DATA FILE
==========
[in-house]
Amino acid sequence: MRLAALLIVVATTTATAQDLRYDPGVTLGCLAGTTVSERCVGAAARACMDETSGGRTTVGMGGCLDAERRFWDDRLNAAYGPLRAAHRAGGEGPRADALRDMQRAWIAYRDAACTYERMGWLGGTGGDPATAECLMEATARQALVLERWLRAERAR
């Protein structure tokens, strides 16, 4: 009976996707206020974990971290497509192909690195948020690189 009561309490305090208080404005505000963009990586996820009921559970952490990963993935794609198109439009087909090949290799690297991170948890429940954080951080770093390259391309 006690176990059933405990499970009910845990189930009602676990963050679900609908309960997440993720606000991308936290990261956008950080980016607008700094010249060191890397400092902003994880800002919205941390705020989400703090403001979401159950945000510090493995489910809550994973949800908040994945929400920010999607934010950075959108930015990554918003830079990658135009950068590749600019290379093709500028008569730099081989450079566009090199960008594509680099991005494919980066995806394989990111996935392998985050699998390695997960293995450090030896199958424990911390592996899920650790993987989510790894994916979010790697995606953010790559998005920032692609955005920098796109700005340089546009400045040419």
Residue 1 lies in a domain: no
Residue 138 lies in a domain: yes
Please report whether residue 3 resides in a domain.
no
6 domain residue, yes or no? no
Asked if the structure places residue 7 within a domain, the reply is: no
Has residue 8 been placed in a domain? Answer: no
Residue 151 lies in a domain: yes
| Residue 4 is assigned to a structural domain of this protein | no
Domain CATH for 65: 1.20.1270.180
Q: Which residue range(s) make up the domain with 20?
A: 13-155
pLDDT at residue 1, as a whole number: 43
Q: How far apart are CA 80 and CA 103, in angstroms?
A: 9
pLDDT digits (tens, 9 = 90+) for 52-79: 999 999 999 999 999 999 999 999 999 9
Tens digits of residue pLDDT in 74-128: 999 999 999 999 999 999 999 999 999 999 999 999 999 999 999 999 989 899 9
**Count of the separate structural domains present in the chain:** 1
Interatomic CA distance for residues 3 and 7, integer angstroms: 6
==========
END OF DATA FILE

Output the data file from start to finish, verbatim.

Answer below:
[in-house]
Amino acid sequence: MRLAALLIVVATTTATAQDLRYDPGVTLGCLAGTTVSERCVGAAARACMDETSGGRTTVGMGGCLDAERRFWDDRLNAAYGPLRAAHRAGGEGPRADALRDMQRAWIAYRDAACTYERMGWLGGTGGDPATAECLMEATARQALVLERWLRAERAR
């Protein structure tokens, strides 16, 4: 009976996707206020974990971290497509192909690195948020690189 009561309490305090208080404005505000963009990586996820009921559970952490990963993935794609198109439009087909090949290799690297991170948890429940954080951080770093390259391309 006690176990059933405990499970009910845990189930009602676990963050679900609908309960997440993720606000991308936290990261956008950080980016607008700094010249060191890397400092902003994880800002919205941390705020989400703090403001979401159950945000510090493995489910809550994973949800908040994945929400920010999607934010950075959108930015990554918003830079990658135009950068590749600019290379093709500028008569730099081989450079566009090199960008594509680099991005494919980066995806394989990111996935392998985050699998390695997960293995450090030896199958424990911390592996899920650790993987989510790894994916979010790697995606953010790559998005920032692609955005920098796109700005340089546009400045040419």
Residue 1 lies in a domain: no
Residue 138 lies in a domain: yes
Please report whether residue 3 resides in a domain.
no
6 domain residue, yes or no? no
Asked if the structure places residue 7 within a domain, the reply is: no
Has residue 8 been placed in a domain? Answer: no
Residue 151 lies in a domain: yes
| Residue 4 is assigned to a structural domain of this protein | no
Domain CATH for 65: 1.20.1270.180
Q: Which residue range(s) make up the domain with 20?
A: 13-155
pLDDT at residue 1, as a whole number: 43
Q: How far apart are CA 80 and CA 103, in angstroms?
A: 9
pLDDT digits (tens, 9 = 90+) for 52-79: 999 999 999 999 999 999 999 999 999 9
Tens digits of residue pLDDT in 74-128: 999 999 999 999 999 999 999 999 999 999 999 999 999 999 999 999 989 899 9
**Count of the separate structural domains present in the chain:** 1
Interatomic CA distance for residues 3 and 7, integer angstroms: 6